Here is a read on how to correctly read and decode the food labels.

Reading and understanding food labels can be a very tricky job. People may often pick unhealthy food products by mistake that have been marketed as healthy. Read on to know how to read the food labels correctly and not get misled by smart advertising.

Don’t get fooled by the food claims

To start with, you must completely ignore the claims mentioned on the front of the packaging as all those front labels are there to lure you into picking up the food product. There are studies which support the fact that front labels fool people into believing that the product is healthier.

Read the ingredients list

The ingredients list mentioned on the food label lists the ingredients by quantity, which means the first ingredient is the one that is used in most quantity by the manufacturer in that particular product than the one which mentioned last. Usually, the first three ingredients are the ones which are used in the largest quantity and in case they are unhealthy then it is better not to pick that food item. Ideally, the first three ingredients should be whole foods and not refined grains, any kind of sugar, or hydrogenated oil.

Check the serving size

The distribution of calories and other nutrients mentioned on the food label are often according to single serving size, that is frequently way smaller in portion than that of the people usually consume in one go. For example, some food labels may distribute the nutrition information based on the unreal serving portions as well, such as half a can of soda, half a chocolate bar, or a single cookie. This way manufacturers try to deceive the consumer into thinking that the food they are consuming has fewer calories and sugars than expected.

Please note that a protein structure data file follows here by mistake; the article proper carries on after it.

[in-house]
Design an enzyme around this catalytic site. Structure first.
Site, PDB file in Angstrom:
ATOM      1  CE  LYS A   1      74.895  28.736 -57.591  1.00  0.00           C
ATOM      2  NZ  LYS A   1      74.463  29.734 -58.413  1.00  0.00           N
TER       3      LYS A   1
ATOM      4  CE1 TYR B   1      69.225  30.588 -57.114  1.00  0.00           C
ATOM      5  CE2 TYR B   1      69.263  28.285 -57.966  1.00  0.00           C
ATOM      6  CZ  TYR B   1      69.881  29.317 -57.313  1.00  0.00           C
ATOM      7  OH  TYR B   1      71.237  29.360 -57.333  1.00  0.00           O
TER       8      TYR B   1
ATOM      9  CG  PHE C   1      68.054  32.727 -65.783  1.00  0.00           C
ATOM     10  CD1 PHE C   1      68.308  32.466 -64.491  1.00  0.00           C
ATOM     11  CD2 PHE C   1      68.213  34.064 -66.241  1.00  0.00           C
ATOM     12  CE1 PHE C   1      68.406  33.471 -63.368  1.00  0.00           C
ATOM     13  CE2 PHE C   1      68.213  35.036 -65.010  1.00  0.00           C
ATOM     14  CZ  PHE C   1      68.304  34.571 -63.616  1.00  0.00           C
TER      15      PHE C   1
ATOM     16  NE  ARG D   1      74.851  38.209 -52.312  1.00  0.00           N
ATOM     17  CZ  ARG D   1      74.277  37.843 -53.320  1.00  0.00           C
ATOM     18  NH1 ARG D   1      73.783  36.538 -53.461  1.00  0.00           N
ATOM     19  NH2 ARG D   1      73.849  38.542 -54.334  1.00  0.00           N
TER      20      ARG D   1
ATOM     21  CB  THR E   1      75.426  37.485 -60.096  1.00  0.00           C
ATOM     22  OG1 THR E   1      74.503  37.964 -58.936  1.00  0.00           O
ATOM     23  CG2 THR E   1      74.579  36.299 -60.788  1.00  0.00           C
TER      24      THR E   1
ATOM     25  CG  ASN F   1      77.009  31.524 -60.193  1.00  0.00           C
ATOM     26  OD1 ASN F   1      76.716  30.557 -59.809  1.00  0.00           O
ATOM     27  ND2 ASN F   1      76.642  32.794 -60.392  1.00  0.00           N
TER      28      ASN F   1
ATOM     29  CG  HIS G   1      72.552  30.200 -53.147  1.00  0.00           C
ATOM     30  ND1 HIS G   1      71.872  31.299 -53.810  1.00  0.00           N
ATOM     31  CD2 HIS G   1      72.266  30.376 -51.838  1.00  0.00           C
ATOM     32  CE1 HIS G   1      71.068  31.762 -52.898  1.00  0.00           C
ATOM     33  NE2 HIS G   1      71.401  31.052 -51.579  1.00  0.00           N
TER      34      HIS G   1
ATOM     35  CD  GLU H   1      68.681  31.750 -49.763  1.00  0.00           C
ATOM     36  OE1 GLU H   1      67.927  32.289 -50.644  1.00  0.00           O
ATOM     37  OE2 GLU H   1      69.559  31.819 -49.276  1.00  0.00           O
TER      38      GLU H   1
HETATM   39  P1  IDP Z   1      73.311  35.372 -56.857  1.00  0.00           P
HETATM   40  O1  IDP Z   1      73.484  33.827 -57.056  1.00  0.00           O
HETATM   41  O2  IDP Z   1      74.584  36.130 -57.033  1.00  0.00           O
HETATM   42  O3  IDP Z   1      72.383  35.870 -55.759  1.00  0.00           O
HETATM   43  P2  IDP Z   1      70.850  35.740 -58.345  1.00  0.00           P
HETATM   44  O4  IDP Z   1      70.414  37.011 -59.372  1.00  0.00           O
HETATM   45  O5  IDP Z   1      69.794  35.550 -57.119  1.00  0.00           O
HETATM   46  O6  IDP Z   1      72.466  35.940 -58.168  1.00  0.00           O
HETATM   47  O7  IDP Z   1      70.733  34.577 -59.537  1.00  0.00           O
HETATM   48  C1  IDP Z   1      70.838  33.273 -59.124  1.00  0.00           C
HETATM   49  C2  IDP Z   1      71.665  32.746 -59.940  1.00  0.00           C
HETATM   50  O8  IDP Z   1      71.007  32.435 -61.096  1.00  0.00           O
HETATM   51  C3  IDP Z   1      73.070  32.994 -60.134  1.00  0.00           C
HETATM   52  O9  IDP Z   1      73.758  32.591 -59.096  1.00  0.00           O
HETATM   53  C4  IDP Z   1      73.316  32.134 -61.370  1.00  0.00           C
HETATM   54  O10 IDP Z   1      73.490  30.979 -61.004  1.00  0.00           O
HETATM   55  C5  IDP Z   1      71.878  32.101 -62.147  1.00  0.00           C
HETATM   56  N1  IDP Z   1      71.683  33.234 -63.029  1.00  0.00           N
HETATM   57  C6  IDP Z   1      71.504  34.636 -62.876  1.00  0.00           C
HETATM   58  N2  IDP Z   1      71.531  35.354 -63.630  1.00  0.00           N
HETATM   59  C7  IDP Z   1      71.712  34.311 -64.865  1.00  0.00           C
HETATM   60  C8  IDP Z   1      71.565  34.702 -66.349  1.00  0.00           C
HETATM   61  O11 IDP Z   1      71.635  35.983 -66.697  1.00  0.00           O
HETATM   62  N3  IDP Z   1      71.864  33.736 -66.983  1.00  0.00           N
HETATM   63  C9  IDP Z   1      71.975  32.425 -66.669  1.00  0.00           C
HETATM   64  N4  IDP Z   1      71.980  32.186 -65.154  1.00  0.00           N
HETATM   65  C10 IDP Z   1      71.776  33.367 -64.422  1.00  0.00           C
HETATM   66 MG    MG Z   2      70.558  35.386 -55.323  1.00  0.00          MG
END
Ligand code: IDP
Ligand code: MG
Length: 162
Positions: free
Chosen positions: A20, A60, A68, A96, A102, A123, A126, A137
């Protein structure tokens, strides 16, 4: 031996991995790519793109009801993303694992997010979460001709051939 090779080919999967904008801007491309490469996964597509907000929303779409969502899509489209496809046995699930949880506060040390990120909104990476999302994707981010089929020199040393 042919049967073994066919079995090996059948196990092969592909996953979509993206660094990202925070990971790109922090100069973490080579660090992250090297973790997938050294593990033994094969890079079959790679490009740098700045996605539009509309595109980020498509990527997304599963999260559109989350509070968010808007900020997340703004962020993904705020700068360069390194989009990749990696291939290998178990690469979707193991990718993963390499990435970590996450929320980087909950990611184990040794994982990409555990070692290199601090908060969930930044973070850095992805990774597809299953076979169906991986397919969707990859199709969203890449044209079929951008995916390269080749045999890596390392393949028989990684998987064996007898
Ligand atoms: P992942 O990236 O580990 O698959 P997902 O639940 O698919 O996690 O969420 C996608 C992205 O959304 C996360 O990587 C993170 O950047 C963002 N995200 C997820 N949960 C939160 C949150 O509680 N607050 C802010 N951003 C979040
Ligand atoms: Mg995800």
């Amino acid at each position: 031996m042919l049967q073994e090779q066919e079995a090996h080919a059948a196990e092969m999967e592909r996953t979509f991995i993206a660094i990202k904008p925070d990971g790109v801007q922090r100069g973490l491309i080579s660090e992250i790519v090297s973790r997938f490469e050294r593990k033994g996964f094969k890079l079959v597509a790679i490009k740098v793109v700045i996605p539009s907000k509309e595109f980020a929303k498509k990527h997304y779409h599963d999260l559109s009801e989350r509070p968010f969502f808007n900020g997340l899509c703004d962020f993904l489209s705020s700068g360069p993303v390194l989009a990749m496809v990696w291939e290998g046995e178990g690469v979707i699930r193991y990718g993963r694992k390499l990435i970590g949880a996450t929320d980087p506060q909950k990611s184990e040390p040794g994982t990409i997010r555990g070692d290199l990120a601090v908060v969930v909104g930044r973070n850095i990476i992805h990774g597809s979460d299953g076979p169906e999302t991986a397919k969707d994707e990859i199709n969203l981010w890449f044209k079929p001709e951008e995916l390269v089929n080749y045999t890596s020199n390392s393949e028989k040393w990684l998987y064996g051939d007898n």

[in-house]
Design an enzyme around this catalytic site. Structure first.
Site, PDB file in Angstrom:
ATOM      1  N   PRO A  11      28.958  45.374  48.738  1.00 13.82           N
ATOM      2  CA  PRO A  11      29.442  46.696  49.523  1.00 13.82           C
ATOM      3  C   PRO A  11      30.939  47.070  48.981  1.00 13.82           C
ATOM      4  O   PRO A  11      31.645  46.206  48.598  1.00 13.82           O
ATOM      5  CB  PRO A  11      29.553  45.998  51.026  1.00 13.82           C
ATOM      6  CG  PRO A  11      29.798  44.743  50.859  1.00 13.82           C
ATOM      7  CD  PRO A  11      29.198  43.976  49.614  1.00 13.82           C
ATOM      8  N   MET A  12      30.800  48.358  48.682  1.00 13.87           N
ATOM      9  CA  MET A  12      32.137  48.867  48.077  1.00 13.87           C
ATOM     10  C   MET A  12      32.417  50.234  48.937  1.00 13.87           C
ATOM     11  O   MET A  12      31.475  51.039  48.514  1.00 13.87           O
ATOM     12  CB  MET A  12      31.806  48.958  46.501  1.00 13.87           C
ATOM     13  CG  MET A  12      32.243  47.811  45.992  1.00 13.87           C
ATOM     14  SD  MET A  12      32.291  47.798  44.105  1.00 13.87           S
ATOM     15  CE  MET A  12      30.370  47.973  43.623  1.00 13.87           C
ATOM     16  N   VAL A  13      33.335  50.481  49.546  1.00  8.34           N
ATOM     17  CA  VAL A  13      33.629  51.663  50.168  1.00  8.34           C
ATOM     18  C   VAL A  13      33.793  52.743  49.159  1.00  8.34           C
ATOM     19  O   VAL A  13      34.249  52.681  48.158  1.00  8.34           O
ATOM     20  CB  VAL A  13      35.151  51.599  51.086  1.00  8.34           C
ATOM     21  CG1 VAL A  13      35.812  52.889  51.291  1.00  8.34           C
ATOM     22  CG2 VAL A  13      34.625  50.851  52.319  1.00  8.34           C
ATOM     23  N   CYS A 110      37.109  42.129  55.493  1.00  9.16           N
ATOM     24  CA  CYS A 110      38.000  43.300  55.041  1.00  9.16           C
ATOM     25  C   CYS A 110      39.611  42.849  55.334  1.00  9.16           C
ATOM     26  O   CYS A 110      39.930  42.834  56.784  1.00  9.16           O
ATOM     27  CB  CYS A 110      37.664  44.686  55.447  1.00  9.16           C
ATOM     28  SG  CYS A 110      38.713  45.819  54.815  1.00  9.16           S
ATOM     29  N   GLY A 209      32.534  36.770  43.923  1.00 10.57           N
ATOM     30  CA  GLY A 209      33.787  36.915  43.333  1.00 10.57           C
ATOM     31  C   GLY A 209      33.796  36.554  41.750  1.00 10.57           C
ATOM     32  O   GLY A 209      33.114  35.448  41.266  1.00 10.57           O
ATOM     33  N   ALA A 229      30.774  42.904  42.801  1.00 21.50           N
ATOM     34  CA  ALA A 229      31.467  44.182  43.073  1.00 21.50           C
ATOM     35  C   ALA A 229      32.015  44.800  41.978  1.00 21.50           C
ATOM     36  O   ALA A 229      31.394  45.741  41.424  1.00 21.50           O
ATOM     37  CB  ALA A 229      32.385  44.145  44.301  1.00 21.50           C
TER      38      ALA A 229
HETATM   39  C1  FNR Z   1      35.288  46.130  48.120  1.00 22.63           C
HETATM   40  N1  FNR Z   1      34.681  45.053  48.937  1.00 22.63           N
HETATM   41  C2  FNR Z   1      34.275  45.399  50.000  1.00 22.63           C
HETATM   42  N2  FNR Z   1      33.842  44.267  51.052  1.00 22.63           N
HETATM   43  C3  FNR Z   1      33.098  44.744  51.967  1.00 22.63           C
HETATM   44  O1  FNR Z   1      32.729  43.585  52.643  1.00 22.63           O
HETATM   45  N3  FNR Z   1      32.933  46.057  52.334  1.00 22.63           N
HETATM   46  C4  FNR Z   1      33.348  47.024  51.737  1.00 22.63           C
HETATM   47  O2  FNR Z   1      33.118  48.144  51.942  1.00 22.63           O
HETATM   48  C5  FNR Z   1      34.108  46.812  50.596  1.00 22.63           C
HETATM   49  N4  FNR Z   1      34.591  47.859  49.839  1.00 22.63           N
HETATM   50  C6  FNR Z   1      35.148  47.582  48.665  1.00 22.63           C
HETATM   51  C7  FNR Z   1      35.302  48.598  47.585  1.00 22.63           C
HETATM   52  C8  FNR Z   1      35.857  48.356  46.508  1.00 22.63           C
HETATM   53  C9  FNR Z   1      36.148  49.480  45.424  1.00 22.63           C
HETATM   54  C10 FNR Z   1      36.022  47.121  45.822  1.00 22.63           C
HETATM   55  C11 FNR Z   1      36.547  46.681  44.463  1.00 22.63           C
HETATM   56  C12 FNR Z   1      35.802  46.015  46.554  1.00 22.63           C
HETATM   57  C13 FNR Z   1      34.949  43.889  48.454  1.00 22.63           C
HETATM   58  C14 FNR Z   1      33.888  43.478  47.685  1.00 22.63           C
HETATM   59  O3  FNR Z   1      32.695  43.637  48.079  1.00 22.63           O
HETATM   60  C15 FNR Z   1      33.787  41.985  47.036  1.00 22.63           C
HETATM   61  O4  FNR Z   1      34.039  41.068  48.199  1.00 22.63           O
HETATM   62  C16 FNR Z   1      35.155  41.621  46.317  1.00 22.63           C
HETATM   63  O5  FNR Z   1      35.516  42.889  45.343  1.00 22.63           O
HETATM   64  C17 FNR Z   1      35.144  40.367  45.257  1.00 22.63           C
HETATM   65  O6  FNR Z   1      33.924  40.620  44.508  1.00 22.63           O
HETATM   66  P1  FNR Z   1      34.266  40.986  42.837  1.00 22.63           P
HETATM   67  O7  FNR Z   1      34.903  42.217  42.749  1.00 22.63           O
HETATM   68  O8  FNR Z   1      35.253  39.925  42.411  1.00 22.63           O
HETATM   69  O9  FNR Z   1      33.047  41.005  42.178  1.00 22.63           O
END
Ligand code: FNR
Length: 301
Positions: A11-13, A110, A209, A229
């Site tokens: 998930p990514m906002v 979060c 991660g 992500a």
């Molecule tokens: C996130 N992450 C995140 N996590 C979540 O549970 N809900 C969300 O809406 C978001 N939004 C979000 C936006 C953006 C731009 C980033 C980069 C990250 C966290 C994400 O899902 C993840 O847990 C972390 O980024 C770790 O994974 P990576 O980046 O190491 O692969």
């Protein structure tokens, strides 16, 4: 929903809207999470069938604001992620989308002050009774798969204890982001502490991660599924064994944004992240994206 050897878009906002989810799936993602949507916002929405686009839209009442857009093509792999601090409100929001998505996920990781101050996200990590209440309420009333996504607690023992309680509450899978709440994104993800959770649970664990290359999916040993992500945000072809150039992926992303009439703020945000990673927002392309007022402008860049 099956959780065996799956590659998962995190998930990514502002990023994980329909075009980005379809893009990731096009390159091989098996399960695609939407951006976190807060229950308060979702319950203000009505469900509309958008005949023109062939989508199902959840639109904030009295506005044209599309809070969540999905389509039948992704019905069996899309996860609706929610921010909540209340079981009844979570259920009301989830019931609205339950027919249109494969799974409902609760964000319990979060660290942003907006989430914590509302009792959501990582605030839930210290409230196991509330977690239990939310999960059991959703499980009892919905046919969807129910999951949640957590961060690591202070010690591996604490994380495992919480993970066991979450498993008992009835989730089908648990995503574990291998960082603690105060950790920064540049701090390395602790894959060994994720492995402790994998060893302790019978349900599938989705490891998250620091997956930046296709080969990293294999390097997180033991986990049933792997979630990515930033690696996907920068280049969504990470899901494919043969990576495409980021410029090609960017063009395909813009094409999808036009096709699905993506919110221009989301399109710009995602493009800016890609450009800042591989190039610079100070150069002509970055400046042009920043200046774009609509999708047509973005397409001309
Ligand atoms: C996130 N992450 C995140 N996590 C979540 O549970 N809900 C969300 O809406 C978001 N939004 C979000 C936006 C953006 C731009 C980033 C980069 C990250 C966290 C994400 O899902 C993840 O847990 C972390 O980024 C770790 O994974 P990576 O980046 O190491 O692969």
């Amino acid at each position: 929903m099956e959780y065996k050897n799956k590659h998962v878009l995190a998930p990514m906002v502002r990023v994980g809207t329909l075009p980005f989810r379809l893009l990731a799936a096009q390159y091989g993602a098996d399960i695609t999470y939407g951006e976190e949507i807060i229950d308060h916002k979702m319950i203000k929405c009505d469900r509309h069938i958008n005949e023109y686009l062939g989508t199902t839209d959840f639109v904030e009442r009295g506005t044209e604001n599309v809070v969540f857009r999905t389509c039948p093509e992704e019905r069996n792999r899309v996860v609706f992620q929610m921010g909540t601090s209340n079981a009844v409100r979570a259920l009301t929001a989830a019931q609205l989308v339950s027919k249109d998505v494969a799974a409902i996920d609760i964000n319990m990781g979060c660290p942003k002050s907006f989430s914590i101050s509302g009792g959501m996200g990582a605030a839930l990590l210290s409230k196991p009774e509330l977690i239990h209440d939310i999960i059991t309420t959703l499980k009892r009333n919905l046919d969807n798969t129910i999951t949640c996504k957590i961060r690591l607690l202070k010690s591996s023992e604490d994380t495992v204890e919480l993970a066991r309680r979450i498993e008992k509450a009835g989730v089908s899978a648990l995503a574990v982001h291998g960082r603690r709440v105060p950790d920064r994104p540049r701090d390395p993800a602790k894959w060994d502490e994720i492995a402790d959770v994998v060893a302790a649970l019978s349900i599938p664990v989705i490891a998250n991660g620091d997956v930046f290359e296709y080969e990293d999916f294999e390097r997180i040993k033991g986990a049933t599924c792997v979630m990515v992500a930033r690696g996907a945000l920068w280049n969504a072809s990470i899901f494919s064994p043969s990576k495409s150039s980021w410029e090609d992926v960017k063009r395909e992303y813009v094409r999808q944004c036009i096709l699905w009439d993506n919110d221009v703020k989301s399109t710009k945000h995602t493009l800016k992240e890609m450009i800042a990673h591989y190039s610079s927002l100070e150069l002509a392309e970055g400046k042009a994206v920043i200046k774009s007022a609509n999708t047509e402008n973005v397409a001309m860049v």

Look out for the misleading claims

Most manufacturers use words such as light (this means the product is processed to lower its calorie and fat content), multigrain (this product may contain more than one type of grain and most likely refined grain), natural (this means that the manufacturer at one point worked with a natural food source), organic (manufacturers may sell even sugars by labeling them as organic sugar), no added sugar (it may contain ingredients that are naturally high in sugar or the manufacturer may have used unhealthy sugar substitutes), low-calorie (you must check that if this low calorie product has fewer calories than the ones present in the original product by the same brand), low fat (absence of fat may have been compensated by adding more sugar), low carb (it may contain various processed foods and may also be high in fat content), prepared with whole grains (check the quantity of whole grains used in the product), enriched or fortified (not all fortified food products are healthy), gluten free (the product may still be highly processed and prepared using fats and sugars), fruit flavored (mostly chemicals are used to make the product taste like fruit), and zero trans fat (it means that less than 0.5g of trans fats are present per serving of the product).

Giving sugar different names

Food manufacturers may veil sugar with different names to mislead the consumer into buying the product. So, be watchful of the terms such as corn sweetener, maltose, malt syrup, molasses, beet sugar, fructose, high-fructose corn syrup etc.